These termite mounds, even older than the woolly mammoth, are 34,000 years old.

These termite mounds, even older than the woolly mammoth, are 34,000 years old.
These termite mounds, even older than the woolly mammoth, are 34,000 years old.

Colorful wildflowers litter the landscapes of South Africa. These finding more nutrients than in the surrounding soils which cover the oldest termite mounds in the world, they have taken up residence on these lands.

Termite mounds older than mammoths

Called “heuweltjies” in Afrikaans, termite mounds are small hills that house southern harvester termites. These are most visible during spring when the colorful flowers grow along the Buffels River in Namaqualand, this surface being richer in nutrients.

Doctor and lecturer in the Soil Sciences research department at the Faculty of Agricultural Sciences at the University of Stellenbosch, Michele Francis, is the author of a study which reveals that a “Recent radiocarbon dating has revealed that these mounds are far older than any previously known, with some dating back 34,000 years.“.

He adds that these termites are “ older than Europe’s iconic cave paintings and even older than the Last Glacial Maximum, when vast ice sheets covered much of the northern hemisphere ”.

Termite mounds from before the Ice Age

Carbon-14 dating reveals that the organic carbon contained in the termites dates back between 13,000 and 19,000 years. While these termites date back 34,000 years.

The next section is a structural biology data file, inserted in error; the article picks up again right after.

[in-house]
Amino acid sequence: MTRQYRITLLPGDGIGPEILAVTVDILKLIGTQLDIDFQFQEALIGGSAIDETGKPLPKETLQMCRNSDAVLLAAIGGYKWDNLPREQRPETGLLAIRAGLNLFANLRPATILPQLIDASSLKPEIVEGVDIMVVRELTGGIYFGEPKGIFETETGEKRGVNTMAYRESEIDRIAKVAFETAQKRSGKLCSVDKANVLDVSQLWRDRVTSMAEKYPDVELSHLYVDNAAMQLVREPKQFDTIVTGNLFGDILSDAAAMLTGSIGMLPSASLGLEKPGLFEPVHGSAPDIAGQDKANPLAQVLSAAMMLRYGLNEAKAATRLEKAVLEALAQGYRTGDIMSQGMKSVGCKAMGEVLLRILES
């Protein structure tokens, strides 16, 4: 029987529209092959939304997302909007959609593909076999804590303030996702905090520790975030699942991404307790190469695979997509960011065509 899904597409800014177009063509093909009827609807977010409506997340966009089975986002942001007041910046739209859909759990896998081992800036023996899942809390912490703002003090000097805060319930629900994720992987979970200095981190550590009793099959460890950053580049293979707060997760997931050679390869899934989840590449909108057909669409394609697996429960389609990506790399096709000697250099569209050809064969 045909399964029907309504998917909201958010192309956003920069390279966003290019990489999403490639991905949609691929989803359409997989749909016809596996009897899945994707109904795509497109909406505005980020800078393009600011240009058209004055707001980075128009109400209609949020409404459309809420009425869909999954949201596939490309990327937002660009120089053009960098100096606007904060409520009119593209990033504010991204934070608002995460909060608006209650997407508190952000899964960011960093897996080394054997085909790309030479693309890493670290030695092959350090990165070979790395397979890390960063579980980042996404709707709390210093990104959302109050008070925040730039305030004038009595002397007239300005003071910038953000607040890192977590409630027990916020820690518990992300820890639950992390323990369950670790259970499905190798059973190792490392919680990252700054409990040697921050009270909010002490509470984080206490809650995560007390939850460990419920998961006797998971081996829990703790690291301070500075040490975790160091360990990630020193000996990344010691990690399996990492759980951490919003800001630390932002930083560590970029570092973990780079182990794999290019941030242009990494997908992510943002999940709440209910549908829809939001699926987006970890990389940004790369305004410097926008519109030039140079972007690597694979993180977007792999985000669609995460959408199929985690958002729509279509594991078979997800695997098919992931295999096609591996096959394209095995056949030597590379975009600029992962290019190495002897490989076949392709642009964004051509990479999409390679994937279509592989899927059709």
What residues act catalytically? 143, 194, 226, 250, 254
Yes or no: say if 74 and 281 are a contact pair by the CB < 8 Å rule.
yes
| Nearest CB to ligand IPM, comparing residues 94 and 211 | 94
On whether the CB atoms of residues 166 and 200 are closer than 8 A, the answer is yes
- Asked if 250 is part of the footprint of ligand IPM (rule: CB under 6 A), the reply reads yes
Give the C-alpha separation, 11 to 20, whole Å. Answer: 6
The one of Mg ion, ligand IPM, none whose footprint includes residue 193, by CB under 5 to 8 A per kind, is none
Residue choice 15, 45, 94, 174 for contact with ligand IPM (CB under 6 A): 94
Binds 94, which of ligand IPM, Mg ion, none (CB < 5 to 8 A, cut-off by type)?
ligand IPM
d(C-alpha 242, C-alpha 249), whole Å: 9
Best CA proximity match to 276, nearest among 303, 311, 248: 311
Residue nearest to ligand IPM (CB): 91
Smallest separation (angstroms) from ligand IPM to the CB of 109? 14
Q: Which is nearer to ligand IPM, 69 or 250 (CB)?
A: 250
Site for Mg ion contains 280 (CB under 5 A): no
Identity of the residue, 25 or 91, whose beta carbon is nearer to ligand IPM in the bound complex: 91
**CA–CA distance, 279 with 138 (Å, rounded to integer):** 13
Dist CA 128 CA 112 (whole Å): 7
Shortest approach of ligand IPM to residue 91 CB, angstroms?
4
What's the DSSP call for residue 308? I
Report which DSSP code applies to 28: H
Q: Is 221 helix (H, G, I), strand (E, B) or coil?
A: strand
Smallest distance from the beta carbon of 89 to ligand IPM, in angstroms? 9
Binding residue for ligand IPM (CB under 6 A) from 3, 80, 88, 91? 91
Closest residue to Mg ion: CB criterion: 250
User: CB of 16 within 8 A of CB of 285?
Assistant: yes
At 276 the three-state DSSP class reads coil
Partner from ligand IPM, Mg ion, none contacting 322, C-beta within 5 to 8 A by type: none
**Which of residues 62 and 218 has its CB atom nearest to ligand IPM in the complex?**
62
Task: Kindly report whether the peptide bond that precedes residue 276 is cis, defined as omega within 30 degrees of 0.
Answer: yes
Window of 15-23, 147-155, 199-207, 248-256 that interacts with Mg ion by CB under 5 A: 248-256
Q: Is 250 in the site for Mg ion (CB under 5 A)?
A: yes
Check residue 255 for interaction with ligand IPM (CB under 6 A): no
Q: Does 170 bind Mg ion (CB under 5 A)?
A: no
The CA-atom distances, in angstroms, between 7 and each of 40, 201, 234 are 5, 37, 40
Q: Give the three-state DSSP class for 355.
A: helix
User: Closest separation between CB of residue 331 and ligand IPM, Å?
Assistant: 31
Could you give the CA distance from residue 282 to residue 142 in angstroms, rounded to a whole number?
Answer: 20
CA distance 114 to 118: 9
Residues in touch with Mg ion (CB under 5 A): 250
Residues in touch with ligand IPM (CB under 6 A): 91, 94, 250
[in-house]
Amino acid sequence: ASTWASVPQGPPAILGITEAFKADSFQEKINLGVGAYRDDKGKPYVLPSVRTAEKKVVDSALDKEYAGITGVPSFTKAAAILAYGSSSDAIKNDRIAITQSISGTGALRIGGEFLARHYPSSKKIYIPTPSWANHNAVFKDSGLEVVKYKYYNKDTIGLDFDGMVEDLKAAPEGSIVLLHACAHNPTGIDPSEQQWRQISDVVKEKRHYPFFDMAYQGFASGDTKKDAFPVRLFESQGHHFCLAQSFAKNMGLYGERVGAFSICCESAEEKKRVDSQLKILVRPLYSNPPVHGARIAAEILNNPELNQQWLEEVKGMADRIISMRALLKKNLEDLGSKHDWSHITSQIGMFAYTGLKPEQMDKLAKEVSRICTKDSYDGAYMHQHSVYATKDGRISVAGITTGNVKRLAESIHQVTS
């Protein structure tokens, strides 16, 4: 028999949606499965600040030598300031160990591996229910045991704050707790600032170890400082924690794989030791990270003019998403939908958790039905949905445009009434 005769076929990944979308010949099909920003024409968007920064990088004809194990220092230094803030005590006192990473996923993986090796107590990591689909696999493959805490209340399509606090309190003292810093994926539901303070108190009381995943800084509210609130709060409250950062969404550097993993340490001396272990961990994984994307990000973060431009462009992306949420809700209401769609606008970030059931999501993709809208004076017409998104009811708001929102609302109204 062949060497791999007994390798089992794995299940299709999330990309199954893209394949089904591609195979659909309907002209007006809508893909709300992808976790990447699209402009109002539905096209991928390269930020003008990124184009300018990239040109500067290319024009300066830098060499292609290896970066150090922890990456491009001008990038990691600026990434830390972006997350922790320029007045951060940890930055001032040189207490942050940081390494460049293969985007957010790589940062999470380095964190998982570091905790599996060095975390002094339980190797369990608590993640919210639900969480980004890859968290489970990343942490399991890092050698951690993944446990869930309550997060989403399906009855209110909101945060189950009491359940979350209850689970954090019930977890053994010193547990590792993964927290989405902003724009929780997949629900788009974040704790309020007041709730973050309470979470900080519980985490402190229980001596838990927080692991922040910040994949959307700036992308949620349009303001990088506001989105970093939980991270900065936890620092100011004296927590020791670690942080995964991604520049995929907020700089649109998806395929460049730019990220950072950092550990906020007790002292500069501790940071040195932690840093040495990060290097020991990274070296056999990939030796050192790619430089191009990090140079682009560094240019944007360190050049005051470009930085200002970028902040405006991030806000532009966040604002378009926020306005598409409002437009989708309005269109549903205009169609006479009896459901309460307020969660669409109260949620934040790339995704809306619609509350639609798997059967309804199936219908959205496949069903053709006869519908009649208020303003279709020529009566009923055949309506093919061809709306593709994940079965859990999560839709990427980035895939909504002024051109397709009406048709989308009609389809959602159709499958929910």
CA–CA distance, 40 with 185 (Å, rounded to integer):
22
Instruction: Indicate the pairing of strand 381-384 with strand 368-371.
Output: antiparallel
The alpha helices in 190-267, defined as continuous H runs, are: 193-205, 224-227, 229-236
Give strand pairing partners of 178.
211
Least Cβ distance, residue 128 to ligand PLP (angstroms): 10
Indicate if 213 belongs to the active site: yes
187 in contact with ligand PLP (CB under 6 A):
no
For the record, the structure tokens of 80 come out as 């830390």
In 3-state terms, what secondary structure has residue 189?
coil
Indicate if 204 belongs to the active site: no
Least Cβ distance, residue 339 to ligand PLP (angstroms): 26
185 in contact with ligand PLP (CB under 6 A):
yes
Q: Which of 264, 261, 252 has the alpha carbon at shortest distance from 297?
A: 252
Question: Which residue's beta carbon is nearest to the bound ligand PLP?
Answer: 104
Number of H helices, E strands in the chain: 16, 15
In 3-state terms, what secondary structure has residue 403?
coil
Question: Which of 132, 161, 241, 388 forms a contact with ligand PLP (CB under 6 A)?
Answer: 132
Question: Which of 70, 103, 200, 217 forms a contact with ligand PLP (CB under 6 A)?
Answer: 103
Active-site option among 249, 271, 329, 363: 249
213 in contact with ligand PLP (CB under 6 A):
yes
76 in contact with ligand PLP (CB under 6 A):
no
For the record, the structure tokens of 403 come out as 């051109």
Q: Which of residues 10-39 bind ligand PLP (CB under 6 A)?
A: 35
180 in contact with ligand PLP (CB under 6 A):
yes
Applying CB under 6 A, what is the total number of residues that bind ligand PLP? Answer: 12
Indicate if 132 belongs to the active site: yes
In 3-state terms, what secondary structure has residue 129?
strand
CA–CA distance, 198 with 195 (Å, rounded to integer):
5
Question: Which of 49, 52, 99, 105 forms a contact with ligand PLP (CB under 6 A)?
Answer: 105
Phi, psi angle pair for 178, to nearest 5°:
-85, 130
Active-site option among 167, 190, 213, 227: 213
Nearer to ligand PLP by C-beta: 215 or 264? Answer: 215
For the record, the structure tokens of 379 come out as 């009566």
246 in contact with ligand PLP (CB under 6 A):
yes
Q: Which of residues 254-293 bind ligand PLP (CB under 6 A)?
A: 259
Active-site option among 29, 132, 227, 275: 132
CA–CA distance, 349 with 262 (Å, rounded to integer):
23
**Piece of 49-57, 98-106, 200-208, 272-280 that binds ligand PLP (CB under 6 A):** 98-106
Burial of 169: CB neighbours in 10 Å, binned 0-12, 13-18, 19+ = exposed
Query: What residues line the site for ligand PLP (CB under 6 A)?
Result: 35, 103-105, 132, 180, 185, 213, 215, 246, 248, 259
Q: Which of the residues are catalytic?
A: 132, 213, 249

Francis explains that these termite mounds were already in existence when woolly mammoths were on Earth. Or during the last glacial maximum (period during which the cold reached its maximum extent, at the end of the last ice age) around 20,000 years ago in North America, Europe and Asia.

A study that reveals the weather of the time

This study concluded that the region experienced significantly more precipitation at the time of their formation, which then introduced minerals like calcite and gypsum into the groundwater.

These ancient termite mounds provide important information that tells us about the climate of the past and how we can mitigate climate change in the future. “ The discovery of these mounds is like being able to read an ancient manuscript that changes everything we thought we knew about history” “ explains Francis.

Sources: Iflscience, Science of The Total Environment.



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